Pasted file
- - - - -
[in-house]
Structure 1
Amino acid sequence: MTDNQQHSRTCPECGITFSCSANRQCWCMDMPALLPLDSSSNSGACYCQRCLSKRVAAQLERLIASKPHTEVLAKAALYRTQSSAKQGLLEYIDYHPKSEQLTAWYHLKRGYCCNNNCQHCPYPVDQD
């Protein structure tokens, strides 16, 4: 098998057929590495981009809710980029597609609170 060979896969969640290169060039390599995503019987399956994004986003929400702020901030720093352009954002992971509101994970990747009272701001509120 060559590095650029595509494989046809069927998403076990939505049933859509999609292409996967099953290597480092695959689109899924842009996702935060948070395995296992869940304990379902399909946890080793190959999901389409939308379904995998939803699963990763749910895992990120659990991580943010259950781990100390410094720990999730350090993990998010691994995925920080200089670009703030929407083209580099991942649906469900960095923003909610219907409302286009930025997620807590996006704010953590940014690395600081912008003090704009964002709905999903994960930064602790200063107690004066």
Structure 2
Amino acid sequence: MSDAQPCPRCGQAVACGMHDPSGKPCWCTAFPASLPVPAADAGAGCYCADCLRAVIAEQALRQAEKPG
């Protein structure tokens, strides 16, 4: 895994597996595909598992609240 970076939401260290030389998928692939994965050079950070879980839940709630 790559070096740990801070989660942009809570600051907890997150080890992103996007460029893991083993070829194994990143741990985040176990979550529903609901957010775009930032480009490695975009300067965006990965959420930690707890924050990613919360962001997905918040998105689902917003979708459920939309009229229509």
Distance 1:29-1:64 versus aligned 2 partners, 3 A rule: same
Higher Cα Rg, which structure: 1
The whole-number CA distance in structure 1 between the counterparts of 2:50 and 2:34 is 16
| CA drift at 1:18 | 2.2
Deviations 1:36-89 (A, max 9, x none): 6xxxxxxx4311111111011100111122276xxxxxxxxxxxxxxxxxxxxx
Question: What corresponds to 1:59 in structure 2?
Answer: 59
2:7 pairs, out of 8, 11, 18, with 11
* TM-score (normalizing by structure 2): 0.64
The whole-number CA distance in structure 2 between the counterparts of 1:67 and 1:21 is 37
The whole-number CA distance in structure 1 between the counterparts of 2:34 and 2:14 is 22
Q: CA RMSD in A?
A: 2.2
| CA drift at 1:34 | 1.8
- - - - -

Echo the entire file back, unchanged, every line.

[in-house]
Structure 1
Amino acid sequence: MTDNQQHSRTCPECGITFSCSANRQCWCMDMPALLPLDSSSNSGACYCQRCLSKRVAAQLERLIASKPHTEVLAKAALYRTQSSAKQGLLEYIDYHPKSEQLTAWYHLKRGYCCNNNCQHCPYPVDQD
């Protein structure tokens, strides 16, 4: 098998057929590495981009809710980029597609609170 060979896969969640290169060039390599995503019987399956994004986003929400702020901030720093352009954002992971509101994970990747009272701001509120 060559590095650029595509494989046809069927998403076990939505049933859509999609292409996967099953290597480092695959689109899924842009996702935060948070395995296992869940304990379902399909946890080793190959999901389409939308379904995998939803699963990763749910895992990120659990991580943010259950781990100390410094720990999730350090993990998010691994995925920080200089670009703030929407083209580099991942649906469900960095923003909610219907409302286009930025997620807590996006704010953590940014690395600081912008003090704009964002709905999903994960930064602790200063107690004066």
Structure 2
Amino acid sequence: MSDAQPCPRCGQAVACGMHDPSGKPCWCTAFPASLPVPAADAGAGCYCADCLRAVIAEQALRQAEKPG
């Protein structure tokens, strides 16, 4: 895994597996595909598992609240 970076939401260290030389998928692939994965050079950070879980839940709630 790559070096740990801070989660942009809570600051907890997150080890992103996007460029893991083993070829194994990143741990985040176990979550529903609901957010775009930032480009490695975009300067965006990965959420930690707890924050990613919360962001997905918040998105689902917003979708459920939309009229229509």
Distance 1:29-1:64 versus aligned 2 partners, 3 A rule: same
Higher Cα Rg, which structure: 1
The whole-number CA distance in structure 1 between the counterparts of 2:50 and 2:34 is 16
| CA drift at 1:18 | 2.2
Deviations 1:36-89 (A, max 9, x none): 6xxxxxxx4311111111011100111122276xxxxxxxxxxxxxxxxxxxxx
Question: What corresponds to 1:59 in structure 2?
Answer: 59
2:7 pairs, out of 8, 11, 18, with 11
* TM-score (normalizing by structure 2): 0.64
The whole-number CA distance in structure 2 between the counterparts of 1:67 and 1:21 is 37
The whole-number CA distance in structure 1 between the counterparts of 2:34 and 2:14 is 22
Q: CA RMSD in A?
A: 2.2
| CA drift at 1:34 | 1.8